... As it turned out, the analysis was deeply flawed. The engineers extrapolated from an earlier tile-impact study involving much smaller pieces of debris and had virtually no data at all regarding how such strikes might affect RCC panels.

Post-accident analyses, impact tests using a nitrogen gas cannon, enhanced launch video and sensor data all indicated the 1.67-pound chunk of foam, which hit the leading edge at more than 500 mph, caused a breach that allowed super-heated air to burn its way inside during Columbia's re-entry Feb. 1. .

But NASA's mission management team accepted the results of the Boeing analysis, quashed efforts to obtain spy satellite photography that might have resolved the issue one way or the other and informed the crew about the impact only in passing.

source

And tiles had been damaged before. This account and picture from 1988 is damn scary!

Let's say Boeing did, at the time, understand the true nature of this particular foam strike and recommended sat photo and discovered damage. Would the damage assessment have been labeled low or high risk, depending on photo quality and opinion? At what level of damage would a "rescue" operation be offered? I think this might be the "subjective emergency" Apollo astronaut Walter Cunningham spoke of.

The type of rescues recommended are unfortunately fool's errand. Walter Cunningham's 2003 analysis reaches this conclusion

NASA would feel better for having tried the rescue and the media would love the story but the odds against pulling it off are higher than winning the Powerball Lottery.

It's time to get realistic about the Columbia "rescue"

The shuttle flights were always on a wing and a prayer. Exploration needs dreaming and excitement, but beware the pitfalls of “irrational exuberance” , especially where lives are involved.

Just to add, personally, anyone who has ever strapped themselves to a rocket or tested an aircraft has my highest respect and admiration. I would never do it, but I'm glad they did.



posted on Feb, 6 2013 @ 01:09 AM
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reply to post by desert
 


Yes test pilots job is a scary one.
But the supposed 500 mph? so early in the launch, how did the foam attain such a speed?
something doesn't add up here.
what was the camera speed when they showed the falling foam



posted on Feb, 6 2013 @ 09:21 AM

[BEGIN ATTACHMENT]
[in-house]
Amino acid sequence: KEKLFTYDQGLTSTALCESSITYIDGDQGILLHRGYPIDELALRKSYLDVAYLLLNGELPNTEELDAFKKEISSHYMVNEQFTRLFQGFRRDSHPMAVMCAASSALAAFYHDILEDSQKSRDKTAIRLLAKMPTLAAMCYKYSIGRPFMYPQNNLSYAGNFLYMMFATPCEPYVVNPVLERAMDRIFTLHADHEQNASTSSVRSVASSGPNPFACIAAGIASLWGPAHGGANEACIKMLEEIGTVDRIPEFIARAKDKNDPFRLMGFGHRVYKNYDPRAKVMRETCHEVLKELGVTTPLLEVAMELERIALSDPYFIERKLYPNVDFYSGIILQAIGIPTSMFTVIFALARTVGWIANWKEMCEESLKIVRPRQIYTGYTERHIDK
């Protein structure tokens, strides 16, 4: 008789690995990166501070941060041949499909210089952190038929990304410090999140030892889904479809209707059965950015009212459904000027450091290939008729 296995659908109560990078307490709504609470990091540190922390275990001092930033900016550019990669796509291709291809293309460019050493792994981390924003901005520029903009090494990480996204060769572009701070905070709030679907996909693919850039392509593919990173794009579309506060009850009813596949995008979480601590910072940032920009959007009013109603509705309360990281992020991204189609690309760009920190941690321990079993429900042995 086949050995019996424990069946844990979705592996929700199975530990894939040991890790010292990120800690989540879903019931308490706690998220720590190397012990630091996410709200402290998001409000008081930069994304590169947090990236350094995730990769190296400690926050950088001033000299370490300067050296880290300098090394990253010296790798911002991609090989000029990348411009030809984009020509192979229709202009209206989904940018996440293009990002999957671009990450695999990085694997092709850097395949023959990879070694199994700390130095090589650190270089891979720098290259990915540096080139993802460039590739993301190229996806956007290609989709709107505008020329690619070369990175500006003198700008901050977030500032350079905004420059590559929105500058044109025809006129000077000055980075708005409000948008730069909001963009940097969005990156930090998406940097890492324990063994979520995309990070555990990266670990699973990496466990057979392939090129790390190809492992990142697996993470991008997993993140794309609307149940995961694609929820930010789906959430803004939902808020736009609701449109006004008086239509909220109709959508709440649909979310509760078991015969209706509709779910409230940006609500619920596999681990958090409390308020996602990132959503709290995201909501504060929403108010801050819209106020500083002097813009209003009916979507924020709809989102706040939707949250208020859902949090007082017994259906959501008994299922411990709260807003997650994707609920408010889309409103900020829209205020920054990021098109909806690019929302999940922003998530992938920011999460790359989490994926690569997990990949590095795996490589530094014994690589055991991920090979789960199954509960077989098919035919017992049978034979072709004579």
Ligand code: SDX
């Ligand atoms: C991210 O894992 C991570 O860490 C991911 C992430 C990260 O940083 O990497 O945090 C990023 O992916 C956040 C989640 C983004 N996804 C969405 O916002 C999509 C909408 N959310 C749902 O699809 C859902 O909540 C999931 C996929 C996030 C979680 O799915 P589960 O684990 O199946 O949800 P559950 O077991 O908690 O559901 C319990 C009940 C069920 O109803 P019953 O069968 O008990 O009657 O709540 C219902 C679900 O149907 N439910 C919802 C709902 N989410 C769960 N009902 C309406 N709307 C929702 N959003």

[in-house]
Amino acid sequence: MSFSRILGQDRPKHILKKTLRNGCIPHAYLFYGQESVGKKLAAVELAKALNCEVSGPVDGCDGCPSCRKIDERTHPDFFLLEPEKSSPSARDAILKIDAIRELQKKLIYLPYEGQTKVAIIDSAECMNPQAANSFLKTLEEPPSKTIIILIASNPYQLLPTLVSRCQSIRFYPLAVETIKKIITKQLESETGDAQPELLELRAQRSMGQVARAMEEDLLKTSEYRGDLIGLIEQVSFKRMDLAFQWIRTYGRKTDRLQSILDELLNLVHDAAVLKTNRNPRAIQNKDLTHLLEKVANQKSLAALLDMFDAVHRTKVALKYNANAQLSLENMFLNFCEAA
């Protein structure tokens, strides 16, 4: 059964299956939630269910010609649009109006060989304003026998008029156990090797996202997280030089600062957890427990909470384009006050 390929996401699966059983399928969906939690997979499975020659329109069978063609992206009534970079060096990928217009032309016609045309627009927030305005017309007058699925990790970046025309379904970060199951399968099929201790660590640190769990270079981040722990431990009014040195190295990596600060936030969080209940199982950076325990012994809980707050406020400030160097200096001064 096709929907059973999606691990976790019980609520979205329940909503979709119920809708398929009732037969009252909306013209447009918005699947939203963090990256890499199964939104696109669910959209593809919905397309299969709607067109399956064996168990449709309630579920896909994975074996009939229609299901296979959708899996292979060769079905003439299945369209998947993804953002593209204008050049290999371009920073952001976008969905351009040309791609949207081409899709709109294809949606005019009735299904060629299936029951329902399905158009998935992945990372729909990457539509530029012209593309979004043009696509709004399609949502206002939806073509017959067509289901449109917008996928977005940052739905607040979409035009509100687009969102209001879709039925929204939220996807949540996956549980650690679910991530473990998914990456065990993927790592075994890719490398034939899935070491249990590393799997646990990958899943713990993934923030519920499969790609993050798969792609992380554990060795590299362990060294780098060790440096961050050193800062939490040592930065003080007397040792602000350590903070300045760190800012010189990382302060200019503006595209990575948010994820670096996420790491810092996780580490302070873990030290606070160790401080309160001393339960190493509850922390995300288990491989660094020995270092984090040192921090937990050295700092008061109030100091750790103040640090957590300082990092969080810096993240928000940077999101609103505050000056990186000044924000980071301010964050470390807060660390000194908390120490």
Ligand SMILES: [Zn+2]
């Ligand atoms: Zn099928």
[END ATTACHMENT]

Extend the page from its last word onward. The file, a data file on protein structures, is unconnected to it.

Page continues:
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reply to post by Angelic Resurrection
 


Hey, Angelic! I'm no rocket scientist ... really ... but I relied on this article as an explanation. I think the foam fell off about 1 and a half minutes after lift off.

The anomalies of flying foam and falling tiles were viewed as the old pilot saying, any landing you walk away from is a good landing. In fact, there was always a great risk of catastrophe. Much was accomplished with the shuttle program; those willing to climb aboard were my heroes.



posted on Feb, 6 2013 @ 10:47 AM
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Originally posted by wulff

Originally posted by C0bzz
reply to post by Arbitrageur
 


Thanks. It looks like if they knew about the damage relatively early on, it would likely be possible to rescue them with another shuttle.
edit on 3/2/13 by C0bzz because: (no reason given)


It takes several weeks just to ready a shuttle for flight, there are (in addition to obvious life support tests and fueling) there was no way to get another shuttle up there in time.
The experts say it was challenging but possible. What makes you think you know more than the experts? They figured they needed three weeks and they would have had it if they identified the problem by day 7.


Originally posted by Angelic Resurrection
reply to post by desert
 


Yes test pilots job is a scary one.
But the supposed 500 mph? so early in the launch, how did the foam attain such a speed?
something doesn't add up here.
what was the camera speed when they showed the falling foam
There were three ground-based cameras that saw the foam from three different angles. I think a typical shuttle launch had dozens of cameras all shooting different things.

It was basically rapid deceleration due to air resistance...if the shuttle kept moving at 1870mph and the foam slowed down from 1870mph when it broke off to 1370 mph when it hit the wing, that would yield the 500mph relative impact velocity.

If you ever drive a car fast and stick your hand out the window, you can feel how hard the wind presses against your hand. If you had a big fluffy foam block the size of a briefcase in your hand, you probably couldn't even hang onto it, even if your car was only going 100 miles an hour. Now, imagine going mach 2.46 (1870 miles an hour) and sticking that briefcase sized piece of foam out the _ It's hard to even imagine because we've never gone anywhere near mach 2.46 in our cars but the effect of the wind resistance at that speed is large, especially for foam objects which have large surface area to mass ratios.



posted on Feb, 6 2013 @ 02:10 PM
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reply to post by Arbitrageur
 


saw that video ages ago and the falling foam did not look anything like 500 mph
nor did it fragment much after impact



posted on Feb, 6 2013 @ 08:04 PM
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reply to post by Angelic Resurrection
 


Except that the foam started out travelling at the speed of the shuttle. So it was actually travelling over Mach 2 when it detached. Like was said above, once it detached it instantly decelerated down to 500 mph. There's no way to tell by looking how fast it was going, because there's no reference around it, except the shuttle, and it flashes by so fast you can't get a good reference. But that should tell you that it slowed way down at the time of impact.



posted on Feb, 7 2013 @ 04:15 AM
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reply to post by Zaphod58
 


Outside ref is not reqd, the tank is enough and the falling foam has wind resistance while falling also.
so in the ref frame in question its predominantly only gravity.
anyhow by the frame speed of the camera and the dist it drops, we can get a fair idea.
my point predominantly is that, visually it didn;t appear to be 500 mph and the nasa engineers
too did not think that strike was of any great consequence